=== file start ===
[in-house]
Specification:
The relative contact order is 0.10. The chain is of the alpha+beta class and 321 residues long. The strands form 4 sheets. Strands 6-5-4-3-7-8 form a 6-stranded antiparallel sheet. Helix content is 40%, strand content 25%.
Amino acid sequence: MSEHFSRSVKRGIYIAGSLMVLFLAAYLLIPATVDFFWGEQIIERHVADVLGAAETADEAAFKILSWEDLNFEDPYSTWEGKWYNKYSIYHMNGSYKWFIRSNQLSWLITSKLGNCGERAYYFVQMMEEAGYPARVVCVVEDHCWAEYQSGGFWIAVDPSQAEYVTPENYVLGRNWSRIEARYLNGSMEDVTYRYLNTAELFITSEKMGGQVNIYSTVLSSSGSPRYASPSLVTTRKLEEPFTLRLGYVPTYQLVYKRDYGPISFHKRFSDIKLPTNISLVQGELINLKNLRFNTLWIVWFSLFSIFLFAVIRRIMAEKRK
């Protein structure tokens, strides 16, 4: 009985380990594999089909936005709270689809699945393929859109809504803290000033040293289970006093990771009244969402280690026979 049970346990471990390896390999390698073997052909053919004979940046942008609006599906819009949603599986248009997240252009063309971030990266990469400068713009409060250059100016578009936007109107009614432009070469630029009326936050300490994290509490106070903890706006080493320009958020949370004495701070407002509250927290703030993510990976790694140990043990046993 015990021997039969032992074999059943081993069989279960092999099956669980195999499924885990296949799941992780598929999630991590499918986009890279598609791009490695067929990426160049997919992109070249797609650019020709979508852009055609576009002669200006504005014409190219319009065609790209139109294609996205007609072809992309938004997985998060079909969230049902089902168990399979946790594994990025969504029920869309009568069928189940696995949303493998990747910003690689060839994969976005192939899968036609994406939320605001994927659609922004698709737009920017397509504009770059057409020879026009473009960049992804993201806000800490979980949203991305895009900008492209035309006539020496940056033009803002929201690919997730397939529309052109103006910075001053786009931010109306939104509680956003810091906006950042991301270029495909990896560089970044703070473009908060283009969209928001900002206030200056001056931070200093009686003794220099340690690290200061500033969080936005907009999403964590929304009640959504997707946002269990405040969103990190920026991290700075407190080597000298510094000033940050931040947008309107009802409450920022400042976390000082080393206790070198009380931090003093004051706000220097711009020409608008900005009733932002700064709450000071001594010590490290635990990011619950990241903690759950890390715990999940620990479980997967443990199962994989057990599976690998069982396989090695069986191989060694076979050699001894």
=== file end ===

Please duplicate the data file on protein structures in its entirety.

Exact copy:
[in-house]
Specification:
The relative contact order is 0.10. The chain is of the alpha+beta class and 321 residues long. The strands form 4 sheets. Strands 6-5-4-3-7-8 form a 6-stranded antiparallel sheet. Helix content is 40%, strand content 25%.
Amino acid sequence: MSEHFSRSVKRGIYIAGSLMVLFLAAYLLIPATVDFFWGEQIIERHVADVLGAAETADEAAFKILSWEDLNFEDPYSTWEGKWYNKYSIYHMNGSYKWFIRSNQLSWLITSKLGNCGERAYYFVQMMEEAGYPARVVCVVEDHCWAEYQSGGFWIAVDPSQAEYVTPENYVLGRNWSRIEARYLNGSMEDVTYRYLNTAELFITSEKMGGQVNIYSTVLSSSGSPRYASPSLVTTRKLEEPFTLRLGYVPTYQLVYKRDYGPISFHKRFSDIKLPTNISLVQGELINLKNLRFNTLWIVWFSLFSIFLFAVIRRIMAEKRK
């Protein structure tokens, strides 16, 4: 009985380990594999089909936005709270689809699945393929859109809504803290000033040293289970006093990771009244969402280690026979 049970346990471990390896390999390698073997052909053919004979940046942008609006599906819009949603599986248009997240252009063309971030990266990469400068713009409060250059100016578009936007109107009614432009070469630029009326936050300490994290509490106070903890706006080493320009958020949370004495701070407002509250927290703030993510990976790694140990043990046993 015990021997039969032992074999059943081993069989279960092999099956669980195999499924885990296949799941992780598929999630991590499918986009890279598609791009490695067929990426160049997919992109070249797609650019020709979508852009055609576009002669200006504005014409190219319009065609790209139109294609996205007609072809992309938004997985998060079909969230049902089902168990399979946790594994990025969504029920869309009568069928189940696995949303493998990747910003690689060839994969976005192939899968036609994406939320605001994927659609922004698709737009920017397509504009770059057409020879026009473009960049992804993201806000800490979980949203991305895009900008492209035309006539020496940056033009803002929201690919997730397939529309052109103006910075001053786009931010109306939104509680956003810091906006950042991301270029495909990896560089970044703070473009908060283009969209928001900002206030200056001056931070200093009686003794220099340690690290200061500033969080936005907009999403964590929304009640959504997707946002269990405040969103990190920026991290700075407190080597000298510094000033940050931040947008309107009802409450920022400042976390000082080393206790070198009380931090003093004051706000220097711009020409608008900005009733932002700064709450000071001594010590490290635990990011619950990241903690759950890390715990999940620990479980997967443990199962994989057990599976690998069982396989090695069986191989060694076979050699001894």